The unexamined life is not worth living.

 — Socrates (in Plato’s Apology)

In the software world there’s a handy utility called diff, which gives you the ability to take two similar files or groups of files, and find out how they differ.

This type of comparison can make small changes stand out. If a roll-out of some new software caused an unexpected behavior, examining a diff of the old and new versions can help highlight which code is likely the trigger for the new issue.

A difference in a sea of same stands out.

It was the best of times, it was the worst of times, it was the age of wisdom, it was the age of foolishness, it was the epoch of belief, it was the epoch of incredulity, it was the season of 1ight, it was the season of darkness, it was the spring of hope, it was the winter of despair.

 — Charles Dickens “A Tale of Two Cities”

What is wrong with the above quote? It shouldn’t be too hard to find.

Output of the diff command

Compare it to the original, and you’ll be drawn right to the offending line, where I replaced the letter l with the number 1.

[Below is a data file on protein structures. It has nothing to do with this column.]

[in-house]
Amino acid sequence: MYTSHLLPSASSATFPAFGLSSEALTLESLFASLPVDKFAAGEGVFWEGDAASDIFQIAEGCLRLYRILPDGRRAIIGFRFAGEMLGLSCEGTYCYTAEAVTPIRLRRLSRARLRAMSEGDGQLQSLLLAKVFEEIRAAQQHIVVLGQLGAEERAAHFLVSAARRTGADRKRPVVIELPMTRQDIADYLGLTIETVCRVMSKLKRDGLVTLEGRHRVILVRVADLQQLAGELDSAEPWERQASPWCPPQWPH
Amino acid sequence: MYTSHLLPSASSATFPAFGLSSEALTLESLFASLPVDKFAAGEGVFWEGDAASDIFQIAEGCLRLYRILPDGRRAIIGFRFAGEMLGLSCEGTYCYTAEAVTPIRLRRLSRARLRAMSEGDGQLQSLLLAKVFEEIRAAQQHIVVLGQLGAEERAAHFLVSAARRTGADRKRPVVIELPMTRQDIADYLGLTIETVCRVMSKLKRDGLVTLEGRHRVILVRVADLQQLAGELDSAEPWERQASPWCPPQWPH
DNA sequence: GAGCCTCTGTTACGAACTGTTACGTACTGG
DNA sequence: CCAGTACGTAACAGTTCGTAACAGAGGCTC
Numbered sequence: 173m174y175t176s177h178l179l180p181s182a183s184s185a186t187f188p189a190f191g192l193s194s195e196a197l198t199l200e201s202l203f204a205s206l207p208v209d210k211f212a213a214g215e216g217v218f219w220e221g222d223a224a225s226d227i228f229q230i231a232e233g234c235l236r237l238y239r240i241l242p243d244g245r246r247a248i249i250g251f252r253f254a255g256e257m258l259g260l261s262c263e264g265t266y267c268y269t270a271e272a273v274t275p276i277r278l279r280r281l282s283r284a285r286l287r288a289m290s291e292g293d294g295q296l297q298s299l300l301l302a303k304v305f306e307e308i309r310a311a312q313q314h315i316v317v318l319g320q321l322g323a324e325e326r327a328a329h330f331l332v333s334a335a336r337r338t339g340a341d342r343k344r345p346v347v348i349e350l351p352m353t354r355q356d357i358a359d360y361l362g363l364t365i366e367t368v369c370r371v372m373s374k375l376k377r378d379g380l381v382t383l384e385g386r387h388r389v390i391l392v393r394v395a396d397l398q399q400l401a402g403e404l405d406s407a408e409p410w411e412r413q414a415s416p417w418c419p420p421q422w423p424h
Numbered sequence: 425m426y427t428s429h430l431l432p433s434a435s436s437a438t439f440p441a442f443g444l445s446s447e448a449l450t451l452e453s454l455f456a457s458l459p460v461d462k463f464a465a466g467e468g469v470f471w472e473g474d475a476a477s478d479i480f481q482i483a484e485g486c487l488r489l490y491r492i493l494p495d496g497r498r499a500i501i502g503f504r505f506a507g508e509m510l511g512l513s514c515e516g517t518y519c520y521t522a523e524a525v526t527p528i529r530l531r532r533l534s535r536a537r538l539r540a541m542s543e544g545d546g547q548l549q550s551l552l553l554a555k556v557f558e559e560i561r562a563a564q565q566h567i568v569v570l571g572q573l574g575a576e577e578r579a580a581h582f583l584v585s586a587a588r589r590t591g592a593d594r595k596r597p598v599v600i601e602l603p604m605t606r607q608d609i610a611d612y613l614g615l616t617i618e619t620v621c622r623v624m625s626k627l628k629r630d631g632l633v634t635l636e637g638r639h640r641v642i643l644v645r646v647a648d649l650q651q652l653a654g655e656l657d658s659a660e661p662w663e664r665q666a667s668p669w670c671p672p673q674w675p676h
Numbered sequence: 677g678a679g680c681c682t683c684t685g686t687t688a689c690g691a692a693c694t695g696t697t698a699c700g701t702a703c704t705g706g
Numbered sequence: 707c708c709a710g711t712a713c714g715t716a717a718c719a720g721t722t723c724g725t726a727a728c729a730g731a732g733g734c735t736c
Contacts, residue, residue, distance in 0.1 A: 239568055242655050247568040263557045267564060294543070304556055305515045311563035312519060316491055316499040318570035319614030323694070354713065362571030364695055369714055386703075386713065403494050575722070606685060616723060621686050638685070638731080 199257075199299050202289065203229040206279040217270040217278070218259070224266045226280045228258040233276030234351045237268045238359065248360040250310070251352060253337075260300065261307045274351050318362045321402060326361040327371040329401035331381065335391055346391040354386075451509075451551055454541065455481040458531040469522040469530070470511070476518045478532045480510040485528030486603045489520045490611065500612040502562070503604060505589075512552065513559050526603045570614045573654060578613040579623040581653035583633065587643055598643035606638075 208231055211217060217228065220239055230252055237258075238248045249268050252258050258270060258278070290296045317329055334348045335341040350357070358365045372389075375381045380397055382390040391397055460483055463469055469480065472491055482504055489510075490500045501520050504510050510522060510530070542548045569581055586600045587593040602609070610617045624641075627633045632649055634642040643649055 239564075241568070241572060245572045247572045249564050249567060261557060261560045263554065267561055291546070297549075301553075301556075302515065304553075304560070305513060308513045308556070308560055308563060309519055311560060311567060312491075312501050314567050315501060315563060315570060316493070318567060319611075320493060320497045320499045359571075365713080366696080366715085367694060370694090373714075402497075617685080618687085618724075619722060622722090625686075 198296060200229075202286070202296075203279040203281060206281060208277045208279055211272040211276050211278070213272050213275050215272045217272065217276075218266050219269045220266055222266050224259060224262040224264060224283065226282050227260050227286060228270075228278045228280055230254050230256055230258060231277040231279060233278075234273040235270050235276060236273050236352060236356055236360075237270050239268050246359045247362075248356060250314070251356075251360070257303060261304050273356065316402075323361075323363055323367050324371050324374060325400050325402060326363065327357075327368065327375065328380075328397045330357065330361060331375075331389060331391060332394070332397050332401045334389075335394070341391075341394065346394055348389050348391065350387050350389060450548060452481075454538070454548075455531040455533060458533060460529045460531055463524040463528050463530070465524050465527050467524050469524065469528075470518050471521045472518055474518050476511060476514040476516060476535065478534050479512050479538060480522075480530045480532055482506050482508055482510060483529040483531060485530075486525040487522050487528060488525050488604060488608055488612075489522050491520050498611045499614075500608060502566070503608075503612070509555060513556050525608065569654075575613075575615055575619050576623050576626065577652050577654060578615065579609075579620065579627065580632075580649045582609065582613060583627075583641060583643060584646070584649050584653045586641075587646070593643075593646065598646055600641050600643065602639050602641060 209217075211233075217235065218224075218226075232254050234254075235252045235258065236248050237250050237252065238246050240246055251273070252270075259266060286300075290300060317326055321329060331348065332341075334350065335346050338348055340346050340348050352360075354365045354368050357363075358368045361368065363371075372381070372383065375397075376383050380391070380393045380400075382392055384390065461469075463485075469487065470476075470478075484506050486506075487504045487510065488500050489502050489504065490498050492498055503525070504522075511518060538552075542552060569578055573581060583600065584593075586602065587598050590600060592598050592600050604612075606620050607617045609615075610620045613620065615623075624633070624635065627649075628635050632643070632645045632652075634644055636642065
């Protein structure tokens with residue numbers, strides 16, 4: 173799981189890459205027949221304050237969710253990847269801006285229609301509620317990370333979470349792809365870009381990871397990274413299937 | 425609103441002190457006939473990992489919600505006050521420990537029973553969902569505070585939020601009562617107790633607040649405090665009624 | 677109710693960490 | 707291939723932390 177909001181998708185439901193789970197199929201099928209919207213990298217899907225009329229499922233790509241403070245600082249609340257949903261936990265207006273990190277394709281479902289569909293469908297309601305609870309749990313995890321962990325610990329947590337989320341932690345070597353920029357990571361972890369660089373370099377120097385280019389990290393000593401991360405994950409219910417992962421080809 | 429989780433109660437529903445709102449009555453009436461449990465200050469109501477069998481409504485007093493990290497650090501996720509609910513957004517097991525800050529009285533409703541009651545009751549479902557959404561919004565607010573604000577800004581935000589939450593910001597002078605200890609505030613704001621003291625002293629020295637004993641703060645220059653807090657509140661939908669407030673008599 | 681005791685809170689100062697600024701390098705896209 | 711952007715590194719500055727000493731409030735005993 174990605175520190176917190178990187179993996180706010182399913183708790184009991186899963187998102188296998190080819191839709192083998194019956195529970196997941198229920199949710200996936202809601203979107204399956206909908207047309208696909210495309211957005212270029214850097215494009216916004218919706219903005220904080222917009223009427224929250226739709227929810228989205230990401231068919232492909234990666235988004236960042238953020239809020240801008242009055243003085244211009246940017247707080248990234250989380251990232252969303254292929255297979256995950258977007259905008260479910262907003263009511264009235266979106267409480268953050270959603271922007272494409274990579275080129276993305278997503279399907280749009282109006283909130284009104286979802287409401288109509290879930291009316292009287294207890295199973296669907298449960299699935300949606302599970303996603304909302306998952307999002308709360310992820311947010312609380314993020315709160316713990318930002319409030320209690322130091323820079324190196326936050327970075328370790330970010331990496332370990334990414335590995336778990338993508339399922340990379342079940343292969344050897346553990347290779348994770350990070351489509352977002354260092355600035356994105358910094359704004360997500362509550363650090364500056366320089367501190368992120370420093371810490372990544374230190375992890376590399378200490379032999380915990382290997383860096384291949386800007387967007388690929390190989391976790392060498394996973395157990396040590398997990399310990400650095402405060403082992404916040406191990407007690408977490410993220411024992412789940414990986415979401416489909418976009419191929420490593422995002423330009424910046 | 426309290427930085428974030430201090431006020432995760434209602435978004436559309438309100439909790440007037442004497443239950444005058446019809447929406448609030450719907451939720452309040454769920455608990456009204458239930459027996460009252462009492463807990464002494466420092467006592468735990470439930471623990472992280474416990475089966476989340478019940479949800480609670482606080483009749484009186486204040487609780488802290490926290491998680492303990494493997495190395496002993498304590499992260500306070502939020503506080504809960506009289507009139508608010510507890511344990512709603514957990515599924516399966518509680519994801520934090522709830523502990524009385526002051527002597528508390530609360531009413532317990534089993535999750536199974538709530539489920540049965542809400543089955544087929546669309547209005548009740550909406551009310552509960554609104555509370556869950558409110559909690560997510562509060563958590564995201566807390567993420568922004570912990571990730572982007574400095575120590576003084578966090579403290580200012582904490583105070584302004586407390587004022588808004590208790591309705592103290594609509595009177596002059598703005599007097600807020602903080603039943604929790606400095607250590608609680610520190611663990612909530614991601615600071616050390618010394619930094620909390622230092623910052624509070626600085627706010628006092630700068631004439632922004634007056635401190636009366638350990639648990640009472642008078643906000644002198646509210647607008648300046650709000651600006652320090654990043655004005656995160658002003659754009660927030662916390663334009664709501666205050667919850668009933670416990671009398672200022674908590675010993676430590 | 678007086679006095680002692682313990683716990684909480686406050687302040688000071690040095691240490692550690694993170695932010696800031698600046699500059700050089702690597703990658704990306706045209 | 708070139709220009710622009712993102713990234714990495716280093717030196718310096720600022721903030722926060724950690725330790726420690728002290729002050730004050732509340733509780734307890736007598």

I’ve been trying to build my own understanding of Truth, and I’ve found much more value in finding the differences there than finding two similarities.

You can live your entire life with a belief based upon assumptions that you accepted without consideration or a different perspective earlier in your life, and haven’t reconsidered since. Then, one day, the belief is challenged.

These days I spend a fair amount of time attempting to find these differences between what I “know” and what other people “know”. Those differences identify the places where I should focus my time on understanding. To find the places where I can learn what I am missing, what I may be able to explain to others, or at the very least better understand people who see things different.

Finding the difference is just the first step though. Some ideas feel so core that challenging them triggers defensive reactions. We can also be so tied to our own understanding that even understanding another perspective can be challenging.

It’s easier to point out flaws in others than to work on our own.

Our own minds and actions are the only things within our control though.

Real change comes from within.